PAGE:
Britain to attack 'tax havens'
|Financial crisis has highlighted potential problems in overseas territories and crown dependencies, says Chancellor Darling.
In his pre-Budget speech yesterday, Chancellor Alistair Darling has made it clear that offshore financial centres, which allow for lower taxes, are to be attacked. It follows the aims of US President-elect Barack Obama to eliminate what they describe as 'tax havens', by which they mean tax avoidance or tax evasion.
The question of Britain's overseas territories, which includes Gibraltar, and of crown dependencies, which includes the Isle of Man and the Channel Islands, are mentioned in the pre-Budget speech in the context of the current financial crisis.
In his speech, Darling said that "financial markets affect everyone?s daily life. If they fail to function properly, the impact is felt right across our economy and by every one of us.
"So restoring and maintaining financial stability is absolutely crucial.
"The causes of instability are global, so the Government?s response must mean working closely with other countries.
"Earlier this month, the Prime Minister and I attended the G20 summit in Washington.
"A comprehensive range of measures was agreed to increase transparency of financial activities, ensure better international supervision and prevent excessive risk taking.
"It is crucial this plan is implemented. So with the UK holding the presidency of the G20 next year, we will take the lead in doing all we can to prevent a reoccurrence of these problems.
"Building on the work of the Financial Stability Forum, which for some time, has been looking at international agreement on capital requirements that reflect the economic cycle and risk.
"Domestically, too, we need to make supervision and regulation more effective.
"The Financial Services Authority is now considering changes across the regulatory system ? including banks? capital requirements, liquidity conditions, accounting rules and pay structures.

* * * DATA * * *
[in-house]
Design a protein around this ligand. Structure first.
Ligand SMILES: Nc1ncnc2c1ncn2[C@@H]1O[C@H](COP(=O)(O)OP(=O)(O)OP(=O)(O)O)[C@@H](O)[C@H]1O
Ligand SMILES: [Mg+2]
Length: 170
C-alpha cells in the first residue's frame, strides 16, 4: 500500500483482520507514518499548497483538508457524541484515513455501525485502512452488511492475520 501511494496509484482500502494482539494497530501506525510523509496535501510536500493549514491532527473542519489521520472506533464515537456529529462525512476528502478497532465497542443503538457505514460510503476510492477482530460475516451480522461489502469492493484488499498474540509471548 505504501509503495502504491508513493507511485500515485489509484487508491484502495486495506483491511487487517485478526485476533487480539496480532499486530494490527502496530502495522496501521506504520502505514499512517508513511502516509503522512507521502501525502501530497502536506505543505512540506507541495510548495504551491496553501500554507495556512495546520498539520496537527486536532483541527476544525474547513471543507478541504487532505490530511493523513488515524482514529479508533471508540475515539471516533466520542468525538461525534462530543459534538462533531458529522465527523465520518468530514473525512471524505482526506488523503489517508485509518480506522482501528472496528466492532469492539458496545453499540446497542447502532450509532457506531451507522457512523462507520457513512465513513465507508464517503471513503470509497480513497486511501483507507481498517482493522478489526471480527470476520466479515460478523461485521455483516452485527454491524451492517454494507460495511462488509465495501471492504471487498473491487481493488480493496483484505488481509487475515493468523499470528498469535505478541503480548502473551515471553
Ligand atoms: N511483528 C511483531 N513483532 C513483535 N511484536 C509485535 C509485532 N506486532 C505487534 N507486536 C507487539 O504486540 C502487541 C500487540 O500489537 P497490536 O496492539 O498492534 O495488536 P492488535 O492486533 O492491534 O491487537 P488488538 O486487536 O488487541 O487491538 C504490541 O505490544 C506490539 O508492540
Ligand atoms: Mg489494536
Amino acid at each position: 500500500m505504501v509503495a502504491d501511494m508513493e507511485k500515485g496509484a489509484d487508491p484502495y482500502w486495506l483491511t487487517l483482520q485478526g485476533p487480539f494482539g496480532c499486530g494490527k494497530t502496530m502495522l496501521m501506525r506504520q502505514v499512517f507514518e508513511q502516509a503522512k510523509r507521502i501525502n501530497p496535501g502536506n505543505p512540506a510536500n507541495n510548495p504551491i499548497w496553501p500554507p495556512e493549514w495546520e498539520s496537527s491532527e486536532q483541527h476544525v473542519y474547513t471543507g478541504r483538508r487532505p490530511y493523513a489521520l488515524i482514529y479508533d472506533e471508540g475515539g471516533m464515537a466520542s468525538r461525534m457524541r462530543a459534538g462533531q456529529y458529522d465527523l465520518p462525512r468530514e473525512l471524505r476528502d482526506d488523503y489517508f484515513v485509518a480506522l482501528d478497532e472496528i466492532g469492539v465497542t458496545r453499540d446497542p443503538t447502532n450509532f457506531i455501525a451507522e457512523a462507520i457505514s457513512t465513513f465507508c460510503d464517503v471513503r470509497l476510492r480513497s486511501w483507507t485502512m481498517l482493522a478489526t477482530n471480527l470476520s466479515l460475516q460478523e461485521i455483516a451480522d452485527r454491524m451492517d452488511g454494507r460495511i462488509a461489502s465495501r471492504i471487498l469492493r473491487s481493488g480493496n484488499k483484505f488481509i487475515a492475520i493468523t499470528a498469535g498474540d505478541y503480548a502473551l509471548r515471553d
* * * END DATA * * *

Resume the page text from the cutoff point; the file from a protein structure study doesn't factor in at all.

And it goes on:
"The new chairman of the FSA will also examine whether the right processes are in place to ensure the FSA can supervise the system.
"The current financial crisis has also illustrated two further issues.
In this contect, he added: "First, the recent financial turbulence has highlighted potential problems with overseas territories and crown dependencies, such as the Isle of Man and Channel Islands.
"They attract banking customers with lower taxes ? without contributing to the UK Exchequer.
"But at times of stress, depositors need to know who will compensate them.
"The British taxpayer, cannot be expected to be the guarantor of last resort.
"So I have asked for a review of these regulatory arrangements, which will report to me in the spring.
"Second, we must resolve the situation highlighted by the Icelandic bank ? Landsbanki ? where billions of pounds of British savers? money can be deposited in a foreign bank with branches in the UK ? with insufficient safeguards for these depositors.
"They were not adequately covered by the compensation scheme of the Icelandic authorities, so we had to step in to guarantee UK savers' money.
"So we are taking the lead, at the European Union, to tackle these shortcomings in international compensation arrangements.
"We can?t allow this to continue and we have asked the European Commission to come back with recommendations by the spring."